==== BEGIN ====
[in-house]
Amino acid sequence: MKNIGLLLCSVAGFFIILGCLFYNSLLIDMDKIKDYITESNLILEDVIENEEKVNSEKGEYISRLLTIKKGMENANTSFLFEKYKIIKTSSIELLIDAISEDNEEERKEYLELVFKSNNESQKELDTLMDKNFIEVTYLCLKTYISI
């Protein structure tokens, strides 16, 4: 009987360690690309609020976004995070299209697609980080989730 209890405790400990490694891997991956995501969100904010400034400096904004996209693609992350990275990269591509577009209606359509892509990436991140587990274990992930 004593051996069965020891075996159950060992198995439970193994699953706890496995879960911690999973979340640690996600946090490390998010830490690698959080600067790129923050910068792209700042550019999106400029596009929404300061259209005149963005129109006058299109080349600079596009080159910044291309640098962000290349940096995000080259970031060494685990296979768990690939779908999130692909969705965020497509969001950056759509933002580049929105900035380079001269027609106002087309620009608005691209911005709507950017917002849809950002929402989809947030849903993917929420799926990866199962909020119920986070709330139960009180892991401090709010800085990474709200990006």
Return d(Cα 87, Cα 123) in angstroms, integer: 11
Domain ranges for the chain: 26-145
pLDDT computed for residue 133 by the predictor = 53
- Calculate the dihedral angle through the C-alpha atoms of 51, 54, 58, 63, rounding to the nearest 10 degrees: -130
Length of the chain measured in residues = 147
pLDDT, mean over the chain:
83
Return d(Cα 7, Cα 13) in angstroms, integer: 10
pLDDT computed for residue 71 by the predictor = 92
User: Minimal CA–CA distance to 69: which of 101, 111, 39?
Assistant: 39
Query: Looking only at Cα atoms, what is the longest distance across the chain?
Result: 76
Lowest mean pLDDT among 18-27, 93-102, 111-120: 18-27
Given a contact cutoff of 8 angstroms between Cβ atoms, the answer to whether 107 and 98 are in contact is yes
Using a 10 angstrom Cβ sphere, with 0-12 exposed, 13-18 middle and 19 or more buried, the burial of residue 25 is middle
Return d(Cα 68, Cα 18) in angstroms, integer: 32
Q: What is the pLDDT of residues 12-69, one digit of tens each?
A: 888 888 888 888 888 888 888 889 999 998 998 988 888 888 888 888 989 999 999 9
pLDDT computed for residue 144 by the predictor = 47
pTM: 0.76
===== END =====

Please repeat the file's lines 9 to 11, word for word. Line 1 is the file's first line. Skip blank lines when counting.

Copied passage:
pLDDT, mean over the chain:
83
Return d(Cα 7, Cα 13) in angstroms, integer: 10